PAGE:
So today in our morning meeting as we sang:

May we never lose our wonder
May we never lose our wonder
Wide eyed and mystified
May we be just like a child
Staring at the beauty of our King
‘Cause you are beautiful in all your ways
You are beautiful in all your ways
[‘Wonder’, written by Amanda Cook, © 2013 Bethel Music Publishing]

I realised that I had begun to lose the wonder of God, perhaps a little like in Corinthians 4:4 where we read, ‘In their case the god of this world has blinded the minds of the unbelievers, to keep them from seeing the light of the gospel of the glory of Christ, who is the image of God’. Today we have uncertainty, the world is in a state of fear because of uncertainty, we feel helpless and out of control. But we can turn to the One who is fully in control and perfectly able to help in our times of need. Psalm 62 says, ‘For you have been my refuge, a strong tower against the enemy’.  We can turn to a God, who wants to meet with us, who is involved in the heaven and earth he created, who takes his material world so seriously that he became a part of it, embodied and embedded, in Christ. (Paula Gooder – ‘Heaven’)

When visiting Hungary for Kata and Greg’s wedding several community stayed in a wonderful Airbnb and there on a shelf was a heavy, metal statue of Mary sitting peacefully holding Jesus in her lap. It felt as if she was offering Jesus to me. The statue was heavier than expected and suddenly I realised Jesus was separate, that I could hold him. It was astonishing how I felt holding baby Jesus. So many memories came flooding back, of cradling each of our four children newly born and oh so precious. As I held each one, time seemed to stop; I gently held their small fingers and toes, sensed their vulnerability with a deep sense of responsibility. I remember a warm stillness, there were just the two of us – A moment of wonder. I gently returned Jesus to his mother and took this photo.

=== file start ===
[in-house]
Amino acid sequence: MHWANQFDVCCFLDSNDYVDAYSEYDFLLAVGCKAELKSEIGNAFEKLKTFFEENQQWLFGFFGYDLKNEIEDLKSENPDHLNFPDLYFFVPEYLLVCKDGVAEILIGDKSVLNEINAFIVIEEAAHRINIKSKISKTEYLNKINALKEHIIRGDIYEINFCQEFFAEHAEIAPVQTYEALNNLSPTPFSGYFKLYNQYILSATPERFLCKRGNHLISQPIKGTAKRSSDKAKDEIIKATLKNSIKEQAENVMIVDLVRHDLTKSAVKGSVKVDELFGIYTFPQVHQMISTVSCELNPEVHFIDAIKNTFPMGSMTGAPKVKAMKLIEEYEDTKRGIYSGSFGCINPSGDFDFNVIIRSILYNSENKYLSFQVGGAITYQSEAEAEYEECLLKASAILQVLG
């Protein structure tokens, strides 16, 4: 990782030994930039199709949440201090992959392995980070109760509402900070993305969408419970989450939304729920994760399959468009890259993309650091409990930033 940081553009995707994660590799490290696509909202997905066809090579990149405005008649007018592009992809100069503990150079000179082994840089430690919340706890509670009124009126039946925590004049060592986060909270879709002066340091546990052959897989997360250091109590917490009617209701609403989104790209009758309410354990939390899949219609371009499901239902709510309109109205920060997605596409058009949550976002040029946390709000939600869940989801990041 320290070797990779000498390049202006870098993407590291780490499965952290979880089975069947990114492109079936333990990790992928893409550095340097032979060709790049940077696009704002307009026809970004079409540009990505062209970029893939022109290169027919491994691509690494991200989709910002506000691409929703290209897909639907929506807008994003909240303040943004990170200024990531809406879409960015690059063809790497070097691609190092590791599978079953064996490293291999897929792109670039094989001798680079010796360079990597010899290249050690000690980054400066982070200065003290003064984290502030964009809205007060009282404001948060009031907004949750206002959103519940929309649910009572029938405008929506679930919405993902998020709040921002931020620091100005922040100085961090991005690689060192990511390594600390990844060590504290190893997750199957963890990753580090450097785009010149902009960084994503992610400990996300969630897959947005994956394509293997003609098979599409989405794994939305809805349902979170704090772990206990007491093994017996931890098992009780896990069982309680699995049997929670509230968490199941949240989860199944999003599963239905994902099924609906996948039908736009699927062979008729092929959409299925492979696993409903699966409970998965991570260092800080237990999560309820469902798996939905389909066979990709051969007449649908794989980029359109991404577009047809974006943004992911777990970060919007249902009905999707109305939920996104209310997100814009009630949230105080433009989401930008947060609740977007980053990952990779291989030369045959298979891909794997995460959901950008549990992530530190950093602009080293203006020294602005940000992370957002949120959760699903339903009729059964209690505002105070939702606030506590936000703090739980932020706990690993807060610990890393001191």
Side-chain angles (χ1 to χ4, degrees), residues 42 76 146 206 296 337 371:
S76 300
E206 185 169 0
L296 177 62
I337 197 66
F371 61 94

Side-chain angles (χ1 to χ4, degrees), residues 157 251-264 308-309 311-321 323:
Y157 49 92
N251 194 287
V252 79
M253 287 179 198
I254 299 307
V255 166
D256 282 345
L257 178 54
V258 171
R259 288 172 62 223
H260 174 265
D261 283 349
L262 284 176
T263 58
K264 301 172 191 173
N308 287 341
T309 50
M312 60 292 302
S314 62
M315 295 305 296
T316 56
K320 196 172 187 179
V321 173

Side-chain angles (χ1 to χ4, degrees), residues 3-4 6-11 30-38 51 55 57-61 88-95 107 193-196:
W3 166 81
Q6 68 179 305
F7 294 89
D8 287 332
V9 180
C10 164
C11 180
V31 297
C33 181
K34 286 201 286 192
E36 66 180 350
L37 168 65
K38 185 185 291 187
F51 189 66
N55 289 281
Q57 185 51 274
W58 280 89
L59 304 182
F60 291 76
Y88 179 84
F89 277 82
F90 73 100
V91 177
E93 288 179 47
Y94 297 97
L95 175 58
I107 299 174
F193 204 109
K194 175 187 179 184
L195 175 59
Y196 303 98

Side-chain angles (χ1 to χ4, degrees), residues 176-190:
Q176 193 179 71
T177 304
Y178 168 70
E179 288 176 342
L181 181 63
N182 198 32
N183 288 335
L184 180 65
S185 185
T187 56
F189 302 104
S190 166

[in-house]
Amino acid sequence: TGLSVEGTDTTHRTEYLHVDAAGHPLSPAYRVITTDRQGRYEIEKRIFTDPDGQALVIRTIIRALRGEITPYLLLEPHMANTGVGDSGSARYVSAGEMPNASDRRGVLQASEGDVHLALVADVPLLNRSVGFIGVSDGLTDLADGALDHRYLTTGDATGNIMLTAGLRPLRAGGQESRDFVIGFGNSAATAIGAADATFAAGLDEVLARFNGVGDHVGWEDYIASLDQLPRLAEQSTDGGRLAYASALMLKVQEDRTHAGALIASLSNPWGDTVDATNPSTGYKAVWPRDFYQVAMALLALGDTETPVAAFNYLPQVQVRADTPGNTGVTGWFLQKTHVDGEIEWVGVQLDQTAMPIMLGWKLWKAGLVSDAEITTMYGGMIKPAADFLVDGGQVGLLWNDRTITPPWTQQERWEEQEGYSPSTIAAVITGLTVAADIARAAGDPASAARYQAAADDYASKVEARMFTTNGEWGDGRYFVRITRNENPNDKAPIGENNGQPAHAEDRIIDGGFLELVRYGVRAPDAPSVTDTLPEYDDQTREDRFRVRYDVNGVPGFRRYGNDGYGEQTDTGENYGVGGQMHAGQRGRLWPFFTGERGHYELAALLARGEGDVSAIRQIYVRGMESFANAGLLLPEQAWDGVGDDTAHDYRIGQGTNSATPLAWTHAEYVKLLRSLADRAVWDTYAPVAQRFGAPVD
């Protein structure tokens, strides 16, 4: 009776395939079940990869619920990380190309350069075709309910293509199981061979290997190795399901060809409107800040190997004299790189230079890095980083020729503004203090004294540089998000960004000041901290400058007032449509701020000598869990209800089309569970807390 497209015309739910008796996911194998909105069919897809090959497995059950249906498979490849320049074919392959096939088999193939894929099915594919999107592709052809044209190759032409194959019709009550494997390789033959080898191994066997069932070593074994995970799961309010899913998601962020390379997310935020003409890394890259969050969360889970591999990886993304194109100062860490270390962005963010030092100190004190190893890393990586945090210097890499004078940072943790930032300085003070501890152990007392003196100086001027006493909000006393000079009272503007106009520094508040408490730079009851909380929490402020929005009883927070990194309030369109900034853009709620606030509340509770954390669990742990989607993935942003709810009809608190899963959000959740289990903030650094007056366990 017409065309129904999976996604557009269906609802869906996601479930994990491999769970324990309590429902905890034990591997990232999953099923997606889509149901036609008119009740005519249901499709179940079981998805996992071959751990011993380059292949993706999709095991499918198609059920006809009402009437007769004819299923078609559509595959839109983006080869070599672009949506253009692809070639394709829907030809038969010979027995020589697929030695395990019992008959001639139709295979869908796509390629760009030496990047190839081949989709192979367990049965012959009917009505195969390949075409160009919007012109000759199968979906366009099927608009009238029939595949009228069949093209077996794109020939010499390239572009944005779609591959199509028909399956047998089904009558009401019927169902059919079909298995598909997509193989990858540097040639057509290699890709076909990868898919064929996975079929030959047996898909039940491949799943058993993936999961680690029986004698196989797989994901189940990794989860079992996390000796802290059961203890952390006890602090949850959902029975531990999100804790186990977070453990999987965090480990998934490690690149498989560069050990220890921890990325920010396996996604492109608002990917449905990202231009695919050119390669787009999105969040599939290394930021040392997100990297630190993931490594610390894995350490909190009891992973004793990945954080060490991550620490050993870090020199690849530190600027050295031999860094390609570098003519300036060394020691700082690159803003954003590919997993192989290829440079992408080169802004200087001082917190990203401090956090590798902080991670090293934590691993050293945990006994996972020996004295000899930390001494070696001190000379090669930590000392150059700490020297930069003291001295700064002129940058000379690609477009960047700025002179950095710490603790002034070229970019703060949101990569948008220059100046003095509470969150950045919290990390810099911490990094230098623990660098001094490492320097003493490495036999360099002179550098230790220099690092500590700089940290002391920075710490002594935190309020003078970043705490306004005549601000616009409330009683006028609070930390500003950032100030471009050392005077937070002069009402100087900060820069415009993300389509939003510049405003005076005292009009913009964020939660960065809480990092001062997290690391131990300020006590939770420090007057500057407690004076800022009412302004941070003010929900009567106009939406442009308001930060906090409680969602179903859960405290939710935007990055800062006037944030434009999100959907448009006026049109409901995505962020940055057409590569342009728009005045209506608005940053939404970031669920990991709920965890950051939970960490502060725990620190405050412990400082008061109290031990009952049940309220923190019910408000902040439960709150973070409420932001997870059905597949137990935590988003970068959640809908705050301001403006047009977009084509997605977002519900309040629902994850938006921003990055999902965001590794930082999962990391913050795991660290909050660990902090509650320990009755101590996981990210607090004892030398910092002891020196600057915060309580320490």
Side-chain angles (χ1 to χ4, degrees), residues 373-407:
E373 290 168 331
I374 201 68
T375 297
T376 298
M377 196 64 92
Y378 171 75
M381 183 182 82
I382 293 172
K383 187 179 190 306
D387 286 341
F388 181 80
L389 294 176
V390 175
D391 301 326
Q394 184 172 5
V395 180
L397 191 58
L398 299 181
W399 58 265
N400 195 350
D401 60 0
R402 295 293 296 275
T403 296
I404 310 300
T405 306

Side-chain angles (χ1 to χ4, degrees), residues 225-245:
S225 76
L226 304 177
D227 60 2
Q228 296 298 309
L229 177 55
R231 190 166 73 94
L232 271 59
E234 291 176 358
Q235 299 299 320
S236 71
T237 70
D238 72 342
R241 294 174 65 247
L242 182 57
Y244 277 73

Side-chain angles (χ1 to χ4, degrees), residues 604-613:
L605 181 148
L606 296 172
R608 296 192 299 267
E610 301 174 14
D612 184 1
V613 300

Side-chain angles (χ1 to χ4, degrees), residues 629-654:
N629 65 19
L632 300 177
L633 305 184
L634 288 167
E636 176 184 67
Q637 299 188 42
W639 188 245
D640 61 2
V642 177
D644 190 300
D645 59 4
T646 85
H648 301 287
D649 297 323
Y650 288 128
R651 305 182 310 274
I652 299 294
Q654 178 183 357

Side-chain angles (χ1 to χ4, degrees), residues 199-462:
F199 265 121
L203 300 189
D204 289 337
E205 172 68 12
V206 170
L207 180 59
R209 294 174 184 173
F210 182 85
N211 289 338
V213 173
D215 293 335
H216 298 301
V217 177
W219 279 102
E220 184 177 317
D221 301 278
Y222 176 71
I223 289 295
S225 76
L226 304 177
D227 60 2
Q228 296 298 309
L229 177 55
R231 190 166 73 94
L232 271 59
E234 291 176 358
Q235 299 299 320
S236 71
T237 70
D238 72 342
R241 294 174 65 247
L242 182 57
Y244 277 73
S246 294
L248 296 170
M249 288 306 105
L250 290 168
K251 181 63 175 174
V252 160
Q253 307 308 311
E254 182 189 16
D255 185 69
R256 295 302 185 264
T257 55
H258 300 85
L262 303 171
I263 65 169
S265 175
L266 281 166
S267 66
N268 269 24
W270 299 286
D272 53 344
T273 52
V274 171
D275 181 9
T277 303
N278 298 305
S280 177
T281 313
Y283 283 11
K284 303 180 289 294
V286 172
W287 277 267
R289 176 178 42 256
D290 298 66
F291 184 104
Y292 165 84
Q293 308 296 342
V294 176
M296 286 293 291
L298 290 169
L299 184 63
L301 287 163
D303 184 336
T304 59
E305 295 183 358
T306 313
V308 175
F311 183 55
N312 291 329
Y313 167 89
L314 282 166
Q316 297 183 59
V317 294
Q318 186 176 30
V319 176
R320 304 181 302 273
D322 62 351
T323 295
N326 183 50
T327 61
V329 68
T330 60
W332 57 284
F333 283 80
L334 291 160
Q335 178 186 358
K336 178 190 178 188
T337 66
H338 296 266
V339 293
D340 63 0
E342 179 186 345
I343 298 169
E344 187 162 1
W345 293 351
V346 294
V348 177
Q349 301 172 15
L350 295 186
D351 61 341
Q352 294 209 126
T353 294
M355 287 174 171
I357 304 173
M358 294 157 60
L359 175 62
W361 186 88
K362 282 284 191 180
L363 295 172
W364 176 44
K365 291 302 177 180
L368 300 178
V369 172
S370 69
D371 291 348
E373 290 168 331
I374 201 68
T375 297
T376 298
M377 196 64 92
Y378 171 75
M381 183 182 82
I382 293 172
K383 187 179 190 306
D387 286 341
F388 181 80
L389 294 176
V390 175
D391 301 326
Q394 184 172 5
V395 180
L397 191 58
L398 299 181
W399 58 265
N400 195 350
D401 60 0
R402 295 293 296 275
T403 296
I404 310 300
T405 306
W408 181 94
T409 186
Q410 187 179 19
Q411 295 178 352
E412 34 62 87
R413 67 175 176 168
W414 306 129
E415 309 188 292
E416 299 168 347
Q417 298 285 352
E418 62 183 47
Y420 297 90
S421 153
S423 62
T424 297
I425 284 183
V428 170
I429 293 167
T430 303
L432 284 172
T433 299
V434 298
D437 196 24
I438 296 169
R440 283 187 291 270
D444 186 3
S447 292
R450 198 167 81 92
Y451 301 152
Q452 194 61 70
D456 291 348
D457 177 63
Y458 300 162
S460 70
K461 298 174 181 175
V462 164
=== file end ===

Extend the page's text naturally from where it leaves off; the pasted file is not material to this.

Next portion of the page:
Mary offered me, offered the world the gift, of her son Jesus, a gift given by God.

Can we today accept that offer and offer ourselves back to God? Perhaps then we can see the wood AND the trees – the gift and the wonder of God within the mess of these uncertain times.

This comes, as always, with much love and prayers

Phil, Diane and the Scargill Community

Saturday 29th August 2020

Dear Friends

We hope this finds you well as we all navigate through these disorientating and strange times.

We are still hoping to open in October. We will let you know what we are doing, and how to book, sometime in September. We are so much looking forward to being able to welcome people back again through our doors.